It has been a year and a half since the Kim Jong-un regime closed the border with China to prevent the influx of the coronavirus.
Human traffic has almost ceased. Many of the diplomats and officers of international organizations stationed in Pyongyang have left the country. In addition, as of the end of July, international mail services have been completely suspended. The 1,400 km long border between North Korea and China is on high alert, making it impossible to cross or leave the country. Therefore, reliable avenues of information have been completely cut off.
Over the years, ASIAPRESS has been bringing Chinese cell phones into North Korea to keep in touch with reporting partners. However, it has become difficult for them to move around the country, and it is becoming more and more challenging to grasp the situation outside of their local area of residence.
Now, there are even people starving to death among the impoverished and vulnerable urban population. So, what is going on inside North Korea? To find out, in mid-July, our China-based reporting partner went to the lower reaches of the Yalu River on the border between North Korea and China. This report is part of a two-part series showing scenes in North Pyongan Province, as taken with a super-telephoto lens from the Chinese side.
◆Disappearing Residents: The Strictly Guarded Border is Full of Soldiers.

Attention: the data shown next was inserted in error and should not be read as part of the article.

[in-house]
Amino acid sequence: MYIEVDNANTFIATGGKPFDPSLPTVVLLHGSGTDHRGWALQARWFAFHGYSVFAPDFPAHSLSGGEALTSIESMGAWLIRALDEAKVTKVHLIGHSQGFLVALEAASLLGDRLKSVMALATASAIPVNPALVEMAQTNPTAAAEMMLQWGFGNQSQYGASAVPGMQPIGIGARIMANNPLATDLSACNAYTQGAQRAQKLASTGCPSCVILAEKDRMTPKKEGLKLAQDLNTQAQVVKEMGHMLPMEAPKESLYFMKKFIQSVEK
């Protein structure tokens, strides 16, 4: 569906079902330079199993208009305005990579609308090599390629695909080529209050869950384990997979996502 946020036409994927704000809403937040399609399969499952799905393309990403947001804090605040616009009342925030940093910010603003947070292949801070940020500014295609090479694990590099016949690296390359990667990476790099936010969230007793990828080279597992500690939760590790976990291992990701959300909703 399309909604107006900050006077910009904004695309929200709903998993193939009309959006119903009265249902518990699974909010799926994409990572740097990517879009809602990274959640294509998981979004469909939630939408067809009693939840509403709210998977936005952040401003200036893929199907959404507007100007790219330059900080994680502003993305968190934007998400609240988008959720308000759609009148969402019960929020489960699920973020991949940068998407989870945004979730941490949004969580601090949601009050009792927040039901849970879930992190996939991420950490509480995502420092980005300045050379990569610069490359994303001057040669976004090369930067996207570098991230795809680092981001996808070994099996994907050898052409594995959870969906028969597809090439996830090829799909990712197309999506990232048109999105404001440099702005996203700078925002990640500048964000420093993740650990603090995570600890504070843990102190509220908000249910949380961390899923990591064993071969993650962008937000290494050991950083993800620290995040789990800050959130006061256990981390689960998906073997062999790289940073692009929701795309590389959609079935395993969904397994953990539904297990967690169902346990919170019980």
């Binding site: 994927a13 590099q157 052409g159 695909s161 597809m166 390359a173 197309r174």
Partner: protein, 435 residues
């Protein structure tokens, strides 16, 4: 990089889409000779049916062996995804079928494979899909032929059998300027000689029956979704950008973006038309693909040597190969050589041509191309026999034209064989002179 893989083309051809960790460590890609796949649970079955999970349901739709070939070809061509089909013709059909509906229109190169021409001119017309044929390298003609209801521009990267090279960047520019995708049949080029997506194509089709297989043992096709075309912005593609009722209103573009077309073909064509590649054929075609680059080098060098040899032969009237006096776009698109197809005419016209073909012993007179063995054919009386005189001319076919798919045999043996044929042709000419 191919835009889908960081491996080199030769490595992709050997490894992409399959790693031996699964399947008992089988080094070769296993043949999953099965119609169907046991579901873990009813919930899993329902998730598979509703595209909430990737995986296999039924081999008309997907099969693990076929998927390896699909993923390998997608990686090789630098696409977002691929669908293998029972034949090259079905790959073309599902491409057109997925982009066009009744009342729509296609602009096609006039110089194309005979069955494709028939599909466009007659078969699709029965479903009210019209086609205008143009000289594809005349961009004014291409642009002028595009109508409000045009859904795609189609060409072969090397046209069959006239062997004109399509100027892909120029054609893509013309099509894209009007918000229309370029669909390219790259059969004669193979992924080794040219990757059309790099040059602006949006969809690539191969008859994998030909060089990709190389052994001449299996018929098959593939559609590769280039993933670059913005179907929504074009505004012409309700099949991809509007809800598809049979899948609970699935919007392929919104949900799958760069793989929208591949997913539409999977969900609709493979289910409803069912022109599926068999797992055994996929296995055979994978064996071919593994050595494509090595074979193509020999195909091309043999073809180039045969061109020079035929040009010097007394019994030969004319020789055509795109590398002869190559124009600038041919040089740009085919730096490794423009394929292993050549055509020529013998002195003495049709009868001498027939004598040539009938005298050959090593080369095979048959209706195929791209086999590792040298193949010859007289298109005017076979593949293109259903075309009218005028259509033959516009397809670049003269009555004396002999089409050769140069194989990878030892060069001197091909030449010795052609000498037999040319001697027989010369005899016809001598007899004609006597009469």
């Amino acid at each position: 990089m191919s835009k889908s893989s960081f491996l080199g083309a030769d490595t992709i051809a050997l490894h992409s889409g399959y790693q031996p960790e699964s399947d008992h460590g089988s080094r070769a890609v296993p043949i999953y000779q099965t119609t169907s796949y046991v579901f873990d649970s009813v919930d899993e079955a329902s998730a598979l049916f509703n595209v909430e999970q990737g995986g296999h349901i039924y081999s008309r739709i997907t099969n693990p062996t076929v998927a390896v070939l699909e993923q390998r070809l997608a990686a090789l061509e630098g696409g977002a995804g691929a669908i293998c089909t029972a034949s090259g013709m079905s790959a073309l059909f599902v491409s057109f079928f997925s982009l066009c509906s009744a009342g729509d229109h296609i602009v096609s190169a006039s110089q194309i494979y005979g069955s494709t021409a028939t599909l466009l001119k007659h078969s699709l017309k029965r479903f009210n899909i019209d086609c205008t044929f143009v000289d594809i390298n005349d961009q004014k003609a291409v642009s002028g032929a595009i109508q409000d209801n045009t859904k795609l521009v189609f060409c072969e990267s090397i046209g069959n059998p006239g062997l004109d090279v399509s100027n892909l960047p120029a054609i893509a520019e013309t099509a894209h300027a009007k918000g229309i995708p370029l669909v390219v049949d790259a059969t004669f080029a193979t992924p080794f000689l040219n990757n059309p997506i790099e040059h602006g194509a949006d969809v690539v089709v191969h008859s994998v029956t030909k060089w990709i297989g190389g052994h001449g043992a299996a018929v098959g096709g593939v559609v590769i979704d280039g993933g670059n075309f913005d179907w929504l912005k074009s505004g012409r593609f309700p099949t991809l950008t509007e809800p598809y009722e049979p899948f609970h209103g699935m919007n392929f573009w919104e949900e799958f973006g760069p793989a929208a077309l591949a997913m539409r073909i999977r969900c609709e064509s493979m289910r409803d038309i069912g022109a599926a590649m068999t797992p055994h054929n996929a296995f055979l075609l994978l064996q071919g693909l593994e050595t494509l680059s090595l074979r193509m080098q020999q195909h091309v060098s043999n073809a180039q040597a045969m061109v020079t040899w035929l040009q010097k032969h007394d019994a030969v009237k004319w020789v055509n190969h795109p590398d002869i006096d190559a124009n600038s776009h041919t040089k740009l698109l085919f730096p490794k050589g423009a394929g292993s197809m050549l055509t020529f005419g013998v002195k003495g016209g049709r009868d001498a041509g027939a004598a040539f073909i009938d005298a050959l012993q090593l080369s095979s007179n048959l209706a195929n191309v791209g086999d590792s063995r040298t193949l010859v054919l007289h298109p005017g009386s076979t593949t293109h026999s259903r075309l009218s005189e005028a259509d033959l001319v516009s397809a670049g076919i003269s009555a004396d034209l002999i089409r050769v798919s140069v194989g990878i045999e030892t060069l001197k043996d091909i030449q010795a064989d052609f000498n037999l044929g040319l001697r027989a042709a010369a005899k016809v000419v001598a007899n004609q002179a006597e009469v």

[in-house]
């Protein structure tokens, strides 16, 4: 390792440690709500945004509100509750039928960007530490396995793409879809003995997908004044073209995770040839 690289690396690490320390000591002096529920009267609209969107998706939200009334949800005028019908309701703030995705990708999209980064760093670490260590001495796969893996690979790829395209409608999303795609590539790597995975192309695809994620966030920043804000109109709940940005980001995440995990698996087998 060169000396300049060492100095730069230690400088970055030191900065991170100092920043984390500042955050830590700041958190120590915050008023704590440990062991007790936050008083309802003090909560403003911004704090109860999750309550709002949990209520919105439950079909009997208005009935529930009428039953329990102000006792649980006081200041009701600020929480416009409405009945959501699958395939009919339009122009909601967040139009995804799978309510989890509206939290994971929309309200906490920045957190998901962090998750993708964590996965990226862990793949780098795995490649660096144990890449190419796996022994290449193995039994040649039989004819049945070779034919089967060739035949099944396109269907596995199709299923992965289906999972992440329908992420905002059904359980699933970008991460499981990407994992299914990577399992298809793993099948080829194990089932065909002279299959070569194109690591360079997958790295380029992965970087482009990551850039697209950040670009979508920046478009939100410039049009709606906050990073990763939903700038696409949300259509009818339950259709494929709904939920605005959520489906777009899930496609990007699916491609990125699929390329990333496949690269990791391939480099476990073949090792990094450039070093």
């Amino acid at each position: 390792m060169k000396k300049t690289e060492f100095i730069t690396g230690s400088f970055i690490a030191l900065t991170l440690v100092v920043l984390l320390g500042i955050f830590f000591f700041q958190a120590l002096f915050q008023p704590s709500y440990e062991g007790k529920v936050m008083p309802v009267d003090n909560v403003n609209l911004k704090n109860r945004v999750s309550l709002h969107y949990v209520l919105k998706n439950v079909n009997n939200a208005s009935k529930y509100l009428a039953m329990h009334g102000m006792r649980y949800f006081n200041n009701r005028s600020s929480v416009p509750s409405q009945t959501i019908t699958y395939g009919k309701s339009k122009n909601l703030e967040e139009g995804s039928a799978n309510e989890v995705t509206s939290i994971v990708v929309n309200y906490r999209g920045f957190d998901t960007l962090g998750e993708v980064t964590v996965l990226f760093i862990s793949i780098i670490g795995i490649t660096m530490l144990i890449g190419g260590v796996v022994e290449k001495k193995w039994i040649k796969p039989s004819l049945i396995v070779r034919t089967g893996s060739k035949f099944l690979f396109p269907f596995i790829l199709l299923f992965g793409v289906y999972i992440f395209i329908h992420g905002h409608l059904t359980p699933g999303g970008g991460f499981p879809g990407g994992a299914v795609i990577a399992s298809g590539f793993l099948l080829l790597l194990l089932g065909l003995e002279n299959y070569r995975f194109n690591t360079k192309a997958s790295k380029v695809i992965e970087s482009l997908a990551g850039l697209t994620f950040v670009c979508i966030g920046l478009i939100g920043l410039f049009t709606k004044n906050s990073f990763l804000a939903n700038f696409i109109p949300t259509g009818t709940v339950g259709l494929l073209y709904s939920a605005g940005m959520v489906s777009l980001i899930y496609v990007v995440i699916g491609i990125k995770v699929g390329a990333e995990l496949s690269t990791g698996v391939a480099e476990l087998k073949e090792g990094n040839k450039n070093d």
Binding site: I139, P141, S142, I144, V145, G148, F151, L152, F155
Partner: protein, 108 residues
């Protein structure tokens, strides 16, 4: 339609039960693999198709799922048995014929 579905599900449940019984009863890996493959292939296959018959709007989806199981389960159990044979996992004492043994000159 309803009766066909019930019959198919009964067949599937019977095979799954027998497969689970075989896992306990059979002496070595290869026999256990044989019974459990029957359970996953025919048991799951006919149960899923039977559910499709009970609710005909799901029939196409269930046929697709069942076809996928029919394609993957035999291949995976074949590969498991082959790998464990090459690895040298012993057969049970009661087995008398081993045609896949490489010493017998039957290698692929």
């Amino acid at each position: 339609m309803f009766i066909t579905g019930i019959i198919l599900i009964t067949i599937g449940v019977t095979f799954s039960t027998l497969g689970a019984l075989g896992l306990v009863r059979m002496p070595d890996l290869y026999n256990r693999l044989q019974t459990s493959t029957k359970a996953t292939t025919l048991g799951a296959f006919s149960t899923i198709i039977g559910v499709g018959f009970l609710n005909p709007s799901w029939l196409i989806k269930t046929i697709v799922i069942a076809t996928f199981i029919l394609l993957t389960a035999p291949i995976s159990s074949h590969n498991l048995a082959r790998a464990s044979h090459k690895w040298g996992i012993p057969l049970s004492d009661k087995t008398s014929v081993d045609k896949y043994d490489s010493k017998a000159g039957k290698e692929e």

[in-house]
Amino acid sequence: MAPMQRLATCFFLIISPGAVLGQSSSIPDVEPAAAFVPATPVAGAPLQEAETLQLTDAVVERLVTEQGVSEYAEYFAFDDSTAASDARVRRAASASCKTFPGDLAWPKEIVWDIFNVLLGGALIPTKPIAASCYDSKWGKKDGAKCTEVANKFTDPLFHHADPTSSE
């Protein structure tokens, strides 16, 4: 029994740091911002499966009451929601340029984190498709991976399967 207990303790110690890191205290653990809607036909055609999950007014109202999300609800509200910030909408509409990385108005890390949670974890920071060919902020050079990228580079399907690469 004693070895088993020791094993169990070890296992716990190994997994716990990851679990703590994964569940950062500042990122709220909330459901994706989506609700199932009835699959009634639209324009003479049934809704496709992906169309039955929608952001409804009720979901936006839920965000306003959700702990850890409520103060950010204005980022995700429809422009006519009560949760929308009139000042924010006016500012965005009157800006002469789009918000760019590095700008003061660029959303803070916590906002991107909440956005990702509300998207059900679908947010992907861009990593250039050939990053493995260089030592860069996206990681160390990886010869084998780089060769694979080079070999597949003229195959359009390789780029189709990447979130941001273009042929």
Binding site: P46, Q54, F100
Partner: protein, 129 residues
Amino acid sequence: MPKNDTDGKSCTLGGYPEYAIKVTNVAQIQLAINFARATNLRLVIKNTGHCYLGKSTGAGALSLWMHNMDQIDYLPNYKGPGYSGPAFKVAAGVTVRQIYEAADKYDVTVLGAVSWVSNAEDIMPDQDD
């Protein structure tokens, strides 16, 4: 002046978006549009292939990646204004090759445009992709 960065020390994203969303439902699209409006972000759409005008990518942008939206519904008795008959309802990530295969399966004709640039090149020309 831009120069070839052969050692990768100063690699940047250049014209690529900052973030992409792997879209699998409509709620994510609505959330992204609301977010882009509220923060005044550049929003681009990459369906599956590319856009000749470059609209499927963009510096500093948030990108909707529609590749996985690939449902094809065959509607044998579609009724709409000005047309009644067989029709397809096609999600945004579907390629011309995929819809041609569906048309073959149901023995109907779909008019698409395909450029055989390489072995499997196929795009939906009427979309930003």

On the other side of the border from Dandong, Liaoning Province is Sinuiju city of North Pyongan Province. A Chinese tourist boat is in operation in the vicinity of the international communication bridge. The photographer also approached North Korea by boat.
“There are hardly any people on the North Korean side except for soldiers. Before the COVID-19 pandemic, it was common to see people loading and unloading cargo, fishing, and walking around. There were no North Korean ships operating in the river too."
The North Korean authorities have been controlling the access of residents to the Yalu and Tumen Rivers, which form part of the northern border, since before the COVID-19 outbreak. Nowadays, they are on high alert. In addition to a total ban on access to the rivers, a particular unit known as the "Storm Corps," composed of soldiers selected from the Korean People's Army and other departments, has been deployed to strengthen the border checkpoints.
It is claimed that the increased security is to prevent the influx of viruses through smuggling goods and collecting trash. Last August, under the name of the Ministry of Social Security (police), the government even issued a declaration that the border area would be turned into a buffer zone and that anyone approaching without permission would be shot on sight.
But that is not the only purpose. One of the primary purposes of the policy is to prevent impoverished residents from fleeing to China due to the economic chaos caused by the extreme measures against coronavirus.
The following photos were taken during a visit by ASIAPRESS in October 2017. At that time, there were many residents along the riverside, but now there is little to be seen except for soldiers.
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